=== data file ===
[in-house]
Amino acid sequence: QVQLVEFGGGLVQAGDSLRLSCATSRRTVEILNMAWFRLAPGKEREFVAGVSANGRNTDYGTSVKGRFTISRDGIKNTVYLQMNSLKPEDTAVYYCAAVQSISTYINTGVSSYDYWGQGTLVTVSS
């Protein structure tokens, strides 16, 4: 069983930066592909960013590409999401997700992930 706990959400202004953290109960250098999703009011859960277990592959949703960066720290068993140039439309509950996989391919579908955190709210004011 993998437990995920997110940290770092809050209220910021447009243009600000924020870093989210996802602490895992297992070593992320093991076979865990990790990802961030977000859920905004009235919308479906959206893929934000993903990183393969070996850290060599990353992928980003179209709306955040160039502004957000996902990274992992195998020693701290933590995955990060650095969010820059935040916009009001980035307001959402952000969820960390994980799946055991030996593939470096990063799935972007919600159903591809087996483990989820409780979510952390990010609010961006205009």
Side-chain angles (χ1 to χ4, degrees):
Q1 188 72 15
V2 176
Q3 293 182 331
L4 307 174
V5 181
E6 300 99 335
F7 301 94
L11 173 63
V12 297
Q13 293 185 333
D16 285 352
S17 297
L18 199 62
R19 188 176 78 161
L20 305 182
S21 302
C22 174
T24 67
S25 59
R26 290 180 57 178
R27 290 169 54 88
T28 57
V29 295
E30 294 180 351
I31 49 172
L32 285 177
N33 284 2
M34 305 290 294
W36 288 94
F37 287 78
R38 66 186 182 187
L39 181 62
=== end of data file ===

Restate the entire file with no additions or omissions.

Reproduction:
[in-house]
Amino acid sequence: QVQLVEFGGGLVQAGDSLRLSCATSRRTVEILNMAWFRLAPGKEREFVAGVSANGRNTDYGTSVKGRFTISRDGIKNTVYLQMNSLKPEDTAVYYCAAVQSISTYINTGVSSYDYWGQGTLVTVSS
């Protein structure tokens, strides 16, 4: 069983930066592909960013590409999401997700992930 706990959400202004953290109960250098999703009011859960277990592959949703960066720290068993140039439309509950996989391919579908955190709210004011 993998437990995920997110940290770092809050209220910021447009243009600000924020870093989210996802602490895992297992070593992320093991076979865990990790990802961030977000859920905004009235919308479906959206893929934000993903990183393969070996850290060599990353992928980003179209709306955040160039502004957000996902990274992992195998020693701290933590995955990060650095969010820059935040916009009001980035307001959402952000969820960390994980799946055991030996593939470096990063799935972007919600159903591809087996483990989820409780979510952390990010609010961006205009």
Side-chain angles (χ1 to χ4, degrees):
Q1 188 72 15
V2 176
Q3 293 182 331
L4 307 174
V5 181
E6 300 99 335
F7 301 94
L11 173 63
V12 297
Q13 293 185 333
D16 285 352
S17 297
L18 199 62
R19 188 176 78 161
L20 305 182
S21 302
C22 174
T24 67
S25 59
R26 290 180 57 178
R27 290 169 54 88
T28 57
V29 295
E30 294 180 351
I31 49 172
L32 285 177
N33 284 2
M34 305 290 294
W36 288 94
F37 287 78
R38 66 186 182 187
L39 181 62